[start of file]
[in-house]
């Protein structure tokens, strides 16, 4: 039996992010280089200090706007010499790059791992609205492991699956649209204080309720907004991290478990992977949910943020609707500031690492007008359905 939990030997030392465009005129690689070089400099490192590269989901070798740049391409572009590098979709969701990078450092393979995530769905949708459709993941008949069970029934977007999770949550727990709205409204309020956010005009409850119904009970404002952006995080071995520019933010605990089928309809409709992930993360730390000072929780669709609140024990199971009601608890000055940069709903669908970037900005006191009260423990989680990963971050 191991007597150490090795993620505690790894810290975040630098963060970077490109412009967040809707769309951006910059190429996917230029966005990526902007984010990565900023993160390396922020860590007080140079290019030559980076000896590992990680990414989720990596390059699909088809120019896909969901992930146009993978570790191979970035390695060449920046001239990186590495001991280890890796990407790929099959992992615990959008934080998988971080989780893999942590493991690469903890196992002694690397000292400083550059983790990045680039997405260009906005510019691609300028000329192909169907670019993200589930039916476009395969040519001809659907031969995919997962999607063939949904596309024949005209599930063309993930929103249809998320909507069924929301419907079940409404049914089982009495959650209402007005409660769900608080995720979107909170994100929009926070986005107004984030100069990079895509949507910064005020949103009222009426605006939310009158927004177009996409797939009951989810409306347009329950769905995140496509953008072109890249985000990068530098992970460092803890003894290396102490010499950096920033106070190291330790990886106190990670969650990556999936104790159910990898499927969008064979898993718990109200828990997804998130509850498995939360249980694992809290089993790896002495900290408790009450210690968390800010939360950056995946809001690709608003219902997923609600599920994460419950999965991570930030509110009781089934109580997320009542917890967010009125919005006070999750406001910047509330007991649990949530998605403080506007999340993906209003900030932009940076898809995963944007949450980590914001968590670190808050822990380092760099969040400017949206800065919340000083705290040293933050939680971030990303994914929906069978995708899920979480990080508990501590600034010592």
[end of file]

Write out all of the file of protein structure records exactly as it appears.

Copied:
[in-house]
């Protein structure tokens, strides 16, 4: 039996992010280089200090706007010499790059791992609205492991699956649209204080309720907004991290478990992977949910943020609707500031690492007008359905 939990030997030392465009005129690689070089400099490192590269989901070798740049391409572009590098979709969701990078450092393979995530769905949708459709993941008949069970029934977007999770949550727990709205409204309020956010005009409850119904009970404002952006995080071995520019933010605990089928309809409709992930993360730390000072929780669709609140024990199971009601608890000055940069709903669908970037900005006191009260423990989680990963971050 191991007597150490090795993620505690790894810290975040630098963060970077490109412009967040809707769309951006910059190429996917230029966005990526902007984010990565900023993160390396922020860590007080140079290019030559980076000896590992990680990414989720990596390059699909088809120019896909969901992930146009993978570790191979970035390695060449920046001239990186590495001991280890890796990407790929099959992992615990959008934080998988971080989780893999942590493991690469903890196992002694690397000292400083550059983790990045680039997405260009906005510019691609300028000329192909169907670019993200589930039916476009395969040519001809659907031969995919997962999607063939949904596309024949005209599930063309993930929103249809998320909507069924929301419907079940409404049914089982009495959650209402007005409660769900608080995720979107909170994100929009926070986005107004984030100069990079895509949507910064005020949103009222009426605006939310009158927004177009996409797939009951989810409306347009329950769905995140496509953008072109890249985000990068530098992970460092803890003894290396102490010499950096920033106070190291330790990886106190990670969650990556999936104790159910990898499927969008064979898993718990109200828990997804998130509850498995939360249980694992809290089993790896002495900290408790009450210690968390800010939360950056995946809001690709608003219902997923609600599920994460419950999965991570930030509110009781089934109580997320009542917890967010009125919005006070999750406001910047509330007991649990949530998605403080506007999340993906209003900030932009940076898809995963944007949450980590914001968590670190808050822990380092760099969040400017949206800065919340000083705290040293933050939680971030990303994914929906069978995708899920979480990080508990501590600034010592």